Jan 25 (Reuters) - The European Commission has informed six Norwegian salmon producers of its suspicion that they breached EU antitrust rules by distorting competition for spot sales of Norwegian farmed Atlantic salmon in the EU, it said on Thursday.

The Commission said it was concerned that Cermaq, Grieg Seafood, Bremnes, Leroy, Mowi and SalMar had exchanged commercially sensitive information about prices and volumes between 2011 and 2019 to reduce market uncertainty.

Mowi, SalMar, Leroy and Grieg Seafood issued statements contesting the Commission's preliminary findings, maintaining their commitment to competition laws and expressing their intention to cooperate with the investigation.

Cermaq said it explicitly disagreed with the Commission's preliminary findings but will refrain from further comment until watchdog's final decision.

A Bremnes representative was not immediately available for comment.

Shares in Mowi, SalMar, Leroy and Grieg Seafood fell 4.9%, 1.9%, 5.7% and 7.1% respectively after the Commission announcement.

Antitrust regulators raided salmon farms in several European Union countries in February 2019, including some owned by Mowi, on suspicions of involvement in a cartel.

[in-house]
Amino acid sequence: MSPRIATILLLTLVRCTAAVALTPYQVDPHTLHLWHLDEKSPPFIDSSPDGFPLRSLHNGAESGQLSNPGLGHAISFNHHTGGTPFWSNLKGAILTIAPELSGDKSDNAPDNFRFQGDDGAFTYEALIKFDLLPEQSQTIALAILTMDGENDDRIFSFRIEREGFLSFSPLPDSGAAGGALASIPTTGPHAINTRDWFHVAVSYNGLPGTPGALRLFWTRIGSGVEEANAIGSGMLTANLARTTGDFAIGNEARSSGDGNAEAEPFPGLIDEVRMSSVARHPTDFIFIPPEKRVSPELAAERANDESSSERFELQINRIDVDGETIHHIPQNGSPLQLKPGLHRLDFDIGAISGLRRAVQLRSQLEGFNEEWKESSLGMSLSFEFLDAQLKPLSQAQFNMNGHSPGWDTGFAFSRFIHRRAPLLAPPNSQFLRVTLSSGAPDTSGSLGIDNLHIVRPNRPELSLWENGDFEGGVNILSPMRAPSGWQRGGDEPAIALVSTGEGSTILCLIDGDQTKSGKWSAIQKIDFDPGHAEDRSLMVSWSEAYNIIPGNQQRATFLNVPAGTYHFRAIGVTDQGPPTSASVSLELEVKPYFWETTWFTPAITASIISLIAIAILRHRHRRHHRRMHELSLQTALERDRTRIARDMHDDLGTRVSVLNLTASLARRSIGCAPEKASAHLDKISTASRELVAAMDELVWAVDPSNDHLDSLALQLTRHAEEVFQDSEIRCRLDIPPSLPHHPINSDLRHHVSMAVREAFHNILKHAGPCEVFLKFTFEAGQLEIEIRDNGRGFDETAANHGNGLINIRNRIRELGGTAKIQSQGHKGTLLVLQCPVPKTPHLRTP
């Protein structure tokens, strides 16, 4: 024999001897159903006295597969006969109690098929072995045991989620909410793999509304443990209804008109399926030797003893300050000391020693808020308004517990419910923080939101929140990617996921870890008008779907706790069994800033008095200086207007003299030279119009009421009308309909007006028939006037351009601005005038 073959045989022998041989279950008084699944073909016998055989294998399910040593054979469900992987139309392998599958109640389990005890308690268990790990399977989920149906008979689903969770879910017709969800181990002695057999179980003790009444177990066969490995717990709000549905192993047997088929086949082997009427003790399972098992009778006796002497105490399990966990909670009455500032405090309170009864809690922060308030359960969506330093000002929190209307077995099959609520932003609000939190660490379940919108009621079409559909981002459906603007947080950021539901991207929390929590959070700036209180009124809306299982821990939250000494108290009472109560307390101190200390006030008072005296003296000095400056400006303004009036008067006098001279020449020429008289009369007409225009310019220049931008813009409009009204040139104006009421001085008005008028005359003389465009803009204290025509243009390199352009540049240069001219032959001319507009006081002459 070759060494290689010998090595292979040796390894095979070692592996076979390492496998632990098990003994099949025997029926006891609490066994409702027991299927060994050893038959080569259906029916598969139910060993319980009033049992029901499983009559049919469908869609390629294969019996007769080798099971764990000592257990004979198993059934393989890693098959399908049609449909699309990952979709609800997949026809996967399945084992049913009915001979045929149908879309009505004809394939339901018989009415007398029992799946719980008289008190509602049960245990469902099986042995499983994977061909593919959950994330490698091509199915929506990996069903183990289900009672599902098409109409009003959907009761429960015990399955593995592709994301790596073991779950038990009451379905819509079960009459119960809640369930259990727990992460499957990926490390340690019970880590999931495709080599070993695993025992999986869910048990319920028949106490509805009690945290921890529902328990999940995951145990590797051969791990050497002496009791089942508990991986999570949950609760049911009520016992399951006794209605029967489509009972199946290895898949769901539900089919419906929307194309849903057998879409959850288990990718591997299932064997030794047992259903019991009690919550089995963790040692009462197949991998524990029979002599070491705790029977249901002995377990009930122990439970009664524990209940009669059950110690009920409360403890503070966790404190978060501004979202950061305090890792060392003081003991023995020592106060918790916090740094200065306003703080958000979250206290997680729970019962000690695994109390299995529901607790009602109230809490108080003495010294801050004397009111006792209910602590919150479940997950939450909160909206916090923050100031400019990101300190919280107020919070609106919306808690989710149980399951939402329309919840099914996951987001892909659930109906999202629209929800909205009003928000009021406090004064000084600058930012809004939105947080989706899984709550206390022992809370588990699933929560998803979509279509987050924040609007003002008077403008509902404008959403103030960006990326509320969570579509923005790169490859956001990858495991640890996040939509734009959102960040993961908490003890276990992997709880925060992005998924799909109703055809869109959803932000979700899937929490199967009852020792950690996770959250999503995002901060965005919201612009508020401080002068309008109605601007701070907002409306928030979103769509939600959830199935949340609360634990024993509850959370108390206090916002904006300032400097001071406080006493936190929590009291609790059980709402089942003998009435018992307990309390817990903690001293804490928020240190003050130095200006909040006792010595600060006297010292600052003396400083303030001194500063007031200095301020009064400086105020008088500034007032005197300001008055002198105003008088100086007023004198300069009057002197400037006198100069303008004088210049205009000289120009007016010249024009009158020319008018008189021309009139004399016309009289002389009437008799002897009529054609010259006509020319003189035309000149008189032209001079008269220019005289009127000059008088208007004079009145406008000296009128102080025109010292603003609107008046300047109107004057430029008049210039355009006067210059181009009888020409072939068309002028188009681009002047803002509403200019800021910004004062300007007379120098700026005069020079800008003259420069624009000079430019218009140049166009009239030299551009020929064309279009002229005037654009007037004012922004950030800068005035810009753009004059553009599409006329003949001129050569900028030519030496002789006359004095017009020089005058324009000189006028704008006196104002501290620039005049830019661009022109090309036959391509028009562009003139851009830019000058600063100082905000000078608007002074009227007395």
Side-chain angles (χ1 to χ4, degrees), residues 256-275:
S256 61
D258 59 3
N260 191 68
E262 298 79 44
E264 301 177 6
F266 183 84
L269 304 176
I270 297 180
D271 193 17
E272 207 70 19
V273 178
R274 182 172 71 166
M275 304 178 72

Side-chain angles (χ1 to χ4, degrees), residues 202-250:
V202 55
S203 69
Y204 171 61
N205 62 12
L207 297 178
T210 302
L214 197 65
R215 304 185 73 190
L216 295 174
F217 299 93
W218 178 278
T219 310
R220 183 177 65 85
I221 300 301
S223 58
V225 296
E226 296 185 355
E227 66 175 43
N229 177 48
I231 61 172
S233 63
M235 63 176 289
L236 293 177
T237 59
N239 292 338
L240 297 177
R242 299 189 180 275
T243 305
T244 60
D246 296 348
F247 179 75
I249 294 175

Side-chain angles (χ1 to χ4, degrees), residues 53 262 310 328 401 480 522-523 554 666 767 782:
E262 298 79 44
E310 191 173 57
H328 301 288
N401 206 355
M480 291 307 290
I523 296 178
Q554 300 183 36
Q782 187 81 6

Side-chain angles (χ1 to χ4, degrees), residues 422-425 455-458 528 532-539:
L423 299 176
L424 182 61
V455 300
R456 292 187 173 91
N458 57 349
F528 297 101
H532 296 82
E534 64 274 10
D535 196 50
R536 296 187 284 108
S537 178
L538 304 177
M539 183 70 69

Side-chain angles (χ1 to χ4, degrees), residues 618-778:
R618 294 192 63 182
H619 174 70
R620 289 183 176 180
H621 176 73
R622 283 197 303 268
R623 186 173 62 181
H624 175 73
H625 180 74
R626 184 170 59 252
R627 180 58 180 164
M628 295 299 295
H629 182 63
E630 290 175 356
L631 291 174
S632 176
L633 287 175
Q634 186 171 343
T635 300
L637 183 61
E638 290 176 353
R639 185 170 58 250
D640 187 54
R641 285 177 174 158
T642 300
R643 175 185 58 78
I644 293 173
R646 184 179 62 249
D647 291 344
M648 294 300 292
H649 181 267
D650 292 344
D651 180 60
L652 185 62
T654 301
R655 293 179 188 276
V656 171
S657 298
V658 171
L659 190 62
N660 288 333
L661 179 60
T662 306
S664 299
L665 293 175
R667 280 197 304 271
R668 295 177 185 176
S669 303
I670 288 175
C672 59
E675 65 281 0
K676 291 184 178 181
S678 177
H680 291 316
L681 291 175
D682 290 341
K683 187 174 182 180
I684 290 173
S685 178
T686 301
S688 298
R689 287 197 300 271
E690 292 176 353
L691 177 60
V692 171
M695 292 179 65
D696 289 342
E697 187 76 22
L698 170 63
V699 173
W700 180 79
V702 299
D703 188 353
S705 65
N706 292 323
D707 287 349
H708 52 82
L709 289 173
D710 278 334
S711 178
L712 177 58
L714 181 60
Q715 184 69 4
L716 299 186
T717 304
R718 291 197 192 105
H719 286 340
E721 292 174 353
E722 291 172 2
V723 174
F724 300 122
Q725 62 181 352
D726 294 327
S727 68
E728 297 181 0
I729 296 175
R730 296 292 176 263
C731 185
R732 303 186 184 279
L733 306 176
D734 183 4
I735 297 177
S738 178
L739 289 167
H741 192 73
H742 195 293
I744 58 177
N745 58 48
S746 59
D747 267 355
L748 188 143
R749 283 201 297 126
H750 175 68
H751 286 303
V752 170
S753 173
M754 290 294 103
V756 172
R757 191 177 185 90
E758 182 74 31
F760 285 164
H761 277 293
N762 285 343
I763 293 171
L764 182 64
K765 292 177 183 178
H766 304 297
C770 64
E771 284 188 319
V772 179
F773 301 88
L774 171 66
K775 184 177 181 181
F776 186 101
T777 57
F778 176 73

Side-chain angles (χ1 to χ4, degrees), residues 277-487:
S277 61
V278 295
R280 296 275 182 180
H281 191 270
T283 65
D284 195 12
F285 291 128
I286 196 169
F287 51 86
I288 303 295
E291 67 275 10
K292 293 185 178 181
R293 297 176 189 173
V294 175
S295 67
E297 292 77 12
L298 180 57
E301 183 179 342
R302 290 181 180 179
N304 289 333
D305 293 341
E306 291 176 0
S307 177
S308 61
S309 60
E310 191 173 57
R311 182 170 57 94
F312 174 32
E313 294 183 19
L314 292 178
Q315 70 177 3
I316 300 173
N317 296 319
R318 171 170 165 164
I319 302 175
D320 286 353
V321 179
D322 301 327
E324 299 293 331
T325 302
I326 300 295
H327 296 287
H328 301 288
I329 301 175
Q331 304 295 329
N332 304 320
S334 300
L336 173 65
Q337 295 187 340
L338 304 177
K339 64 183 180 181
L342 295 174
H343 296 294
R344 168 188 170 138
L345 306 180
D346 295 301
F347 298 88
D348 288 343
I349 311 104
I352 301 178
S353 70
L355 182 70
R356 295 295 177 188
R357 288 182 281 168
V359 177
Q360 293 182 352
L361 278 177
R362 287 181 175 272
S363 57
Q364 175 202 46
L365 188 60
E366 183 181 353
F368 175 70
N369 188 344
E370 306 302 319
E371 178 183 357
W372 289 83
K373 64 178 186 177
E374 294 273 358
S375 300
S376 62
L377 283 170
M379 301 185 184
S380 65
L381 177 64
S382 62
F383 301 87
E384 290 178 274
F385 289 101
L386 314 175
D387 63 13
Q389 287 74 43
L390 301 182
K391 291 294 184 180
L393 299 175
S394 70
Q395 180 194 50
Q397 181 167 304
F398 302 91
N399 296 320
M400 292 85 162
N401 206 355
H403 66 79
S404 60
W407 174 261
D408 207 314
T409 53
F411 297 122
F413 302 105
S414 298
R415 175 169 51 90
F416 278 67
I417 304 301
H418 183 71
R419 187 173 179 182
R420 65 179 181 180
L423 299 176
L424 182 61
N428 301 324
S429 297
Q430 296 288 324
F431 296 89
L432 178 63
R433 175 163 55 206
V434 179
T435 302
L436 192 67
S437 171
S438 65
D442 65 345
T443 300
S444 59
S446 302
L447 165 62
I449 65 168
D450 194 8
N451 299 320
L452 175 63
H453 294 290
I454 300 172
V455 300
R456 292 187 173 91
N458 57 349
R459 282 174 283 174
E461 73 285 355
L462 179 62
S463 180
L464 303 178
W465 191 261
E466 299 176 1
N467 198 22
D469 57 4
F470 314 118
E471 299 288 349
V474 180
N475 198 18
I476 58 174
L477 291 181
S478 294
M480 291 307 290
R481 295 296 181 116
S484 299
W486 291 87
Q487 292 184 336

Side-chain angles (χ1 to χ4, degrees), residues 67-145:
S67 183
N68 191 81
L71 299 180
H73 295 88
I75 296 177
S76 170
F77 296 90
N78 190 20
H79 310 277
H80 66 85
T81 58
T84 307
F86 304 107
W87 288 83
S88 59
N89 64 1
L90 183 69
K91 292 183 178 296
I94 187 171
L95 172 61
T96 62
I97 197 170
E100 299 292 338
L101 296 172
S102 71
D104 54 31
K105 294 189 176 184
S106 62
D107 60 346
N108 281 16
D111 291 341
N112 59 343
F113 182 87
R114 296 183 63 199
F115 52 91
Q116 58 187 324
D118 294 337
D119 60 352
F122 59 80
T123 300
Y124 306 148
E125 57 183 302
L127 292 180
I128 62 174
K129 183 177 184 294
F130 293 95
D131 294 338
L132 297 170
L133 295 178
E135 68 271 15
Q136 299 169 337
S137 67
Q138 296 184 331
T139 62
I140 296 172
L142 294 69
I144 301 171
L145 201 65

The Commission did not name the companies at the time. But Mowi, the world's biggest producer of farmed Atlantic salmon, said that EU regulators had raided two of its businesses, in Scotland and the Netherlands.

Norway accounts for more than half of the farmed Atlantic salmon worldwide and the EU is its main importer.

The alleged conduct concerns sales of fresh, whole and gutted Atlantic salmon farmed in Norway. It does not concern frozen farmed Atlantic salmon or processed products such as salmon fillets, loins or smoked salmon, the commission said.

The statement of objections sent to the companies does not prejudge the outcome of an investigation, it added.

(Reporting by Bart Meijer additional reporting by Jesus Calero Editing by David Goodman )